The air suspension provides a plush ride, but can occasionally get itself into a bit of a heaving-sea movement - as it did along a particular road near where I live. The rest of the time it completely insulates you from the road.
Of course, if I'd had the bravery to tackle some serious off-roading, the air suspension can lift the car from its low-riding city stance to 22cm, meaning you can wade through 90cm of water, which is around half the car's height. The people down the road weren't keen on me testing it in their pool. Spoilsports.
You can't easily escape the fact it's exactly five metres long - it squeezes into parking spaces, and the big mirrors help, too. At least the height is rather more commonplace than it was a decade or so ago, so you're less likely to bang into low ceilings.
Land Rover Discovery7/10
Land Rover is faced with the most impossible of challenges with this new Disco. For one, it’s filling in for the legendary Defender as the brand’s most capable offering, and that means it needs to be able to go places and do things a Range Rover simply can’t. Anything less will have the purists frothing.
But equally, Land Rover knows that the overwhelming majority of its customers are unlikely to tackle anything more challenging than a suburban speed bump, and so they needed to soften its image and improve its road manners, without sacrificing capability.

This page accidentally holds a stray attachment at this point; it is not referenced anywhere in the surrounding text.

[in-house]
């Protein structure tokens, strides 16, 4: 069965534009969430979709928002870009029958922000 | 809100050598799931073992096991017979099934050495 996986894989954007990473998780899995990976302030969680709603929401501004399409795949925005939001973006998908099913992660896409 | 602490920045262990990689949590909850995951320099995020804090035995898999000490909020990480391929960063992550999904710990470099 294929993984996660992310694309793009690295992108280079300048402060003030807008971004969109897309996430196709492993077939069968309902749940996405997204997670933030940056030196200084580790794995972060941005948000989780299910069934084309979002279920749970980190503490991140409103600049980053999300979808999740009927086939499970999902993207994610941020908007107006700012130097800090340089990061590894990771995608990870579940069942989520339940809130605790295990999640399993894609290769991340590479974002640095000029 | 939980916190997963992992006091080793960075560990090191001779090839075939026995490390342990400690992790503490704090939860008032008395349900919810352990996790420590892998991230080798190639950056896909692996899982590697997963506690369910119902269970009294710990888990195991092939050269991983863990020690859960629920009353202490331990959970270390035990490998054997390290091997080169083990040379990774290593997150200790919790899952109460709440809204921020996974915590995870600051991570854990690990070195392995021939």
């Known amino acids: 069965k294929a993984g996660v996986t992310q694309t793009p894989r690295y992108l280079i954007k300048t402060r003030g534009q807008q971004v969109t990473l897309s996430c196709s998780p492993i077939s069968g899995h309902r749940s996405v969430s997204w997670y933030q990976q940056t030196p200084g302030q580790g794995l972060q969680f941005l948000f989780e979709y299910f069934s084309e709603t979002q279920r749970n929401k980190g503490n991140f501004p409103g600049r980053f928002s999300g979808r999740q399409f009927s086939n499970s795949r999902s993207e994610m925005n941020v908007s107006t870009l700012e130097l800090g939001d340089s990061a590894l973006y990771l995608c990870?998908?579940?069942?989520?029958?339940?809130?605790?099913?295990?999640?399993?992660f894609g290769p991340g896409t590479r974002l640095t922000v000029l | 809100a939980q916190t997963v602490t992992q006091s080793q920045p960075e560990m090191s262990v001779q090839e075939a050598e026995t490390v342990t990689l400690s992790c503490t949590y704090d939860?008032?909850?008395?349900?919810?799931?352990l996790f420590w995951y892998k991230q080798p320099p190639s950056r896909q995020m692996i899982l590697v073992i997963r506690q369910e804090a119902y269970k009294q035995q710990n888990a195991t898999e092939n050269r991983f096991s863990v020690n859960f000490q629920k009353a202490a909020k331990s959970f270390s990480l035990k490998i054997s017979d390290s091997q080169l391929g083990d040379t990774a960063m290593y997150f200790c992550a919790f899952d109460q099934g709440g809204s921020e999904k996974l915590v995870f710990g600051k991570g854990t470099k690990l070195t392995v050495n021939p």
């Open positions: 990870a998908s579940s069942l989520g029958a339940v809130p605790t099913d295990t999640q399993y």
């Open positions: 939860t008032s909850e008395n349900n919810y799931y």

So Land Rover pointed the Disco’s nose towards Australia’s red centre, putting its fleet through their paces on the sealed roads and red dirt tracks that encircle Uluru. And on a custom-built track consisting of moguls, water crossings and angled climbs sharp enough to put some articulation pressure on the wheels, the Disco conquered all before it with ease.
It must be said, though, that there was nothing on offer that would genuinely challenge it, but equally, the Disco always felt like it had plenty in reserve, too. And with a maximum 283mm ground clearance, 500mm of wheel articulation and a wading depth of 900mm (which is 200mm more than outgoing model), along with air suspension on all but the entry-level S, it does point to some genuine off-road potential.
On our brief tarmac drive we were surprised by the smooth and steady power delivery of the bigger four-cylinder diesel, which propels the two-tonne-plus Land Rover along with surprising ease. It’s not fast, but it never feels underwhelming.